The Columbia subtotal is 181,000 – coho that turn the corner of southwest Washington near Cape Disappointment and doesn’t include the northern Oregon coast. There is also a small coast subtotal of 4,700 coho forecasted (27,090 forecasted in 2019 and 3,000 was actual return).
Coastal salmon fishery managers are mainly concerned about the poor Columbia River early- and late-timed coho returns in 2020 since they’re the key drivers in ocean sport fisheries.
The Columbia River early coho forecast is 130,700 (545,000 was forecast in 2019 and actual return was 191,400); late coho is 50,300 (360,600 and 106,100); and Oregon coast natural coho is 83,000 (76,100 and 107,600).
The dismal coho forecasts will likely affect ocean fisheries at Neah Bay, La Push, Westport and Ilwaco, but there have been poor returns in the past with fishery managers still crafting somewhat limited summer seasons.
When looking at coho seasons dating back 10 years, this season could land right on the same page as 2010, 2011, 2012 and 2018 when it was down in the dumps. The situation improved in 2013 and was a lot better by 2014 although there wasn’t many coho caught in the ocean fisheries.
Along the Washington coast, the coho return forecast is 276,989 in 2020 (down from 401,655 in 2019 and up slightly from 270,756 in 2018).
Other coastal coho forecasts are Willapa, 69,635 (157,467 in 2019); Grays Harbor, 113,674 (135,872); Queets, 18,716 (24,275); Hoh, 4,159 (6,963); Quinault, 44,434 (40,792); and Quillayute, 22,118 (31,677).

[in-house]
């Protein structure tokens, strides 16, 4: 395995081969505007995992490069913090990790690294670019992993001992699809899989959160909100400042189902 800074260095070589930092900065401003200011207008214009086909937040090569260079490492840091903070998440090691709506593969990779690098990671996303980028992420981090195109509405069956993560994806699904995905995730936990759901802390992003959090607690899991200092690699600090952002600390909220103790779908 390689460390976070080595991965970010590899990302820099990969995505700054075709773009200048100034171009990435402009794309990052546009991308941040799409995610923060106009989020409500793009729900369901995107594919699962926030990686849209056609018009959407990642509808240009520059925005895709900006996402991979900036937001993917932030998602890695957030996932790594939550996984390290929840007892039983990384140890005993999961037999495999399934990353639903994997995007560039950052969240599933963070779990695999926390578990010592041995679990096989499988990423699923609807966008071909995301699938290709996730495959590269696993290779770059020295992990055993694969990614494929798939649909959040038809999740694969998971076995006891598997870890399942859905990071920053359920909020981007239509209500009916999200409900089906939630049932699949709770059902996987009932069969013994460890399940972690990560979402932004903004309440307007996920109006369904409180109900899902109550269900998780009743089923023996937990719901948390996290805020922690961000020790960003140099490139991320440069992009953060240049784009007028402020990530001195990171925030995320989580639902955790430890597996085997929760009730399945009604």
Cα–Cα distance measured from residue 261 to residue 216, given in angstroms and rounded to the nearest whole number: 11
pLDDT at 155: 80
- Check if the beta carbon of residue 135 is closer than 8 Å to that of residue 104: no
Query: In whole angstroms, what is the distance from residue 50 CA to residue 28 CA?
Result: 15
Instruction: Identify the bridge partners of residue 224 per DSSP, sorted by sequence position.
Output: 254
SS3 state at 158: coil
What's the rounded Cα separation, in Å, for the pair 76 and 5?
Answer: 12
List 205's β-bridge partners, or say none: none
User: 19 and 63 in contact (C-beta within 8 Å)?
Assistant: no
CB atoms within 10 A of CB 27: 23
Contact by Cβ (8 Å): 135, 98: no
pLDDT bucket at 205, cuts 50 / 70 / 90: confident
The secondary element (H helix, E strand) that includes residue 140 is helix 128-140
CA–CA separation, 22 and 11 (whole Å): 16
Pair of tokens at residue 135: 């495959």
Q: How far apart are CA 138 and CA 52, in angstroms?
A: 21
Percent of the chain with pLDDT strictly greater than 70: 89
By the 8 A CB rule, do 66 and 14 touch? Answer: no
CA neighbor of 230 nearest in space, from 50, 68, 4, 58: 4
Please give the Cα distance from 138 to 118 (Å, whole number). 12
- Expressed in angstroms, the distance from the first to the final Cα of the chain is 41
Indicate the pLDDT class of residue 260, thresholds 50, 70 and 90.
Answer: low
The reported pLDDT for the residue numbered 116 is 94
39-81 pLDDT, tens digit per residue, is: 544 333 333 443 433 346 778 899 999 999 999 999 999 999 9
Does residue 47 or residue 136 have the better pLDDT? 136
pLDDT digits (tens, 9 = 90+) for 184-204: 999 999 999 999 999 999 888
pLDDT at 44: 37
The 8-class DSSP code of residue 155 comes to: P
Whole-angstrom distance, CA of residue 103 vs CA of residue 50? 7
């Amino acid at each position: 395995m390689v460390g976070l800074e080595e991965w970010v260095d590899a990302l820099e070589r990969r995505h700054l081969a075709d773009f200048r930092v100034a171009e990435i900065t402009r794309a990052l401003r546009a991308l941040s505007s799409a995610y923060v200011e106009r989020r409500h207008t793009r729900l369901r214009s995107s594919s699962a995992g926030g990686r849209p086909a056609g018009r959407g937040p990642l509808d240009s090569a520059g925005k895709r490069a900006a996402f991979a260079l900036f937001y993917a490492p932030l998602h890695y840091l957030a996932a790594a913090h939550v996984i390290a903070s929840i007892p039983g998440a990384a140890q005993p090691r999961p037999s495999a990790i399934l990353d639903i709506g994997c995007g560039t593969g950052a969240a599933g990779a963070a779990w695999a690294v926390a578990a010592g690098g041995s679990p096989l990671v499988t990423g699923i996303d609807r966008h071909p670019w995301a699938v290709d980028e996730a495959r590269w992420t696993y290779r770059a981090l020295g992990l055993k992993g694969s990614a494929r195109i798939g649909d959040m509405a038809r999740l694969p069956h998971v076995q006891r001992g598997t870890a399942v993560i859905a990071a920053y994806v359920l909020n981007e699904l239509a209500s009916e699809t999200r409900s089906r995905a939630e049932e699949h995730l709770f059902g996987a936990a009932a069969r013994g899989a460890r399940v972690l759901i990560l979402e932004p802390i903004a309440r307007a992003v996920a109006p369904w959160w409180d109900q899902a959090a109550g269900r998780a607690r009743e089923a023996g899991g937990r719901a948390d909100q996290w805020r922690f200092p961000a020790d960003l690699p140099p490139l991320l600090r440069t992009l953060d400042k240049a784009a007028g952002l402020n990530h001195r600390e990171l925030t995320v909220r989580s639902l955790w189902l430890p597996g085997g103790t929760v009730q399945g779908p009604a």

The Columbia River fall chinook return of 430,000 is much better than the forecast of 340,400 and an actual return of 375,700 in 2019 and 365,600 and 290,900 in 2018.
Fishery managers indicate the 2020 adult coho returnees went out into the ocean as juvenile fish and suffered a big die-off (most likely related to the “Blob”) since all indications showed a great outgoing pattern for 2019 returns.
The top priority while crafting fishing seasons off the coast and in Puget Sound for abundant salmon runs is to ensure all user groups protect certain wild salmon stocks – including those under the Endangered Species Act – like mid-Hood Canal and Stillaguamish chinook.
At the meetings, fishery managers in their computer-generated models used the 2019-2020 fishing seasons as a starting point to the 2020 pre-season forecast that identify initial conservation gaps or fishing opportunities.
The initial models revealed an exploitation rate of close to 16 percent for Stillaguamish chinook thus exceeding the 12 percent mortality exploitation rate. The 2020 forecast is 901 chinook in 2020 (888 in 2019, 1,600 in 2018 and 1,500 in 2017).